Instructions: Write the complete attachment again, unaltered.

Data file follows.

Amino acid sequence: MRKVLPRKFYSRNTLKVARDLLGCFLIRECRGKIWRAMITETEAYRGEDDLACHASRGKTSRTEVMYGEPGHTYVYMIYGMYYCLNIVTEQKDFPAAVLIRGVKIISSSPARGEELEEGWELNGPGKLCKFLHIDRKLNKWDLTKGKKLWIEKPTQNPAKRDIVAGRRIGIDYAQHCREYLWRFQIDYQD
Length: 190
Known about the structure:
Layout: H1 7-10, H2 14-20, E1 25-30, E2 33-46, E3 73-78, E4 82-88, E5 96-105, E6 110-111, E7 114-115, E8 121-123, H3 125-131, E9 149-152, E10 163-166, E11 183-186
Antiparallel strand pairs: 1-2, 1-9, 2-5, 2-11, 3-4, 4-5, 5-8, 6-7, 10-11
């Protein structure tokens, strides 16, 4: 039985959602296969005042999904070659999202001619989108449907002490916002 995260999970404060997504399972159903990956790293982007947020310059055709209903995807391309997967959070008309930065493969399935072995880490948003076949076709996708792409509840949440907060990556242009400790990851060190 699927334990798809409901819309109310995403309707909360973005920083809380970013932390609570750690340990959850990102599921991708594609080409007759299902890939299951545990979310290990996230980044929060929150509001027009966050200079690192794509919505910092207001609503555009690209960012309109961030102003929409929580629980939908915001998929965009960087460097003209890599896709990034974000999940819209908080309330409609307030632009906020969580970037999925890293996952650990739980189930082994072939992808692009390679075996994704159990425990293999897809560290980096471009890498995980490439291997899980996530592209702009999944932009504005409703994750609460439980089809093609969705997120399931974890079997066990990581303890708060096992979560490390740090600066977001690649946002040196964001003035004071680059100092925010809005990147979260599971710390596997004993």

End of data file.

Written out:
Amino acid sequence: MRKVLPRKFYSRNTLKVARDLLGCFLIRECRGKIWRAMITETEAYRGEDDLACHASRGKTSRTEVMYGEPGHTYVYMIYGMYYCLNIVTEQKDFPAAVLIRGVKIISSSPARGEELEEGWELNGPGKLCKFLHIDRKLNKWDLTKGKKLWIEKPTQNPAKRDIVAGRRIGIDYAQHCREYLWRFQIDYQD
Length: 190
Known about the structure:
Layout: H1 7-10, H2 14-20, E1 25-30, E2 33-46, E3 73-78, E4 82-88, E5 96-105, E6 110-111, E7 114-115, E8 121-123, H3 125-131, E9 149-152, E10 163-166, E11 183-186
Antiparallel strand pairs: 1-2, 1-9, 2-5, 2-11, 3-4, 4-5, 5-8, 6-7, 10-11
């Protein structure tokens, strides 16, 4: 039985959602296969005042999904070659999202001619989108449907002490916002 995260999970404060997504399972159903990956790293982007947020310059055709209903995807391309997967959070008309930065493969399935072995880490948003076949076709996708792409509840949440907060990556242009400790990851060190 699927334990798809409901819309109310995403309707909360973005920083809380970013932390609570750690340990959850990102599921991708594609080409007759299902890939299951545990979310290990996230980044929060929150509001027009966050200079690192794509919505910092207001609503555009690209960012309109961030102003929409929580629980939908915001998929965009960087460097003209890599896709990034974000999940819209908080309330409609307030632009906020969580970037999925890293996952650990739980189930082994072939992808692009390679075996994704159990425990293999897809560290980096471009890498995980490439291997899980996530592209702009999944932009504005409703994750609460439980089809093609969705997120399931974890079997066990990581303890708060096992979560490390740090600066977001690649946002040196964001003035004071680059100092925010809005990147979260599971710390596997004993």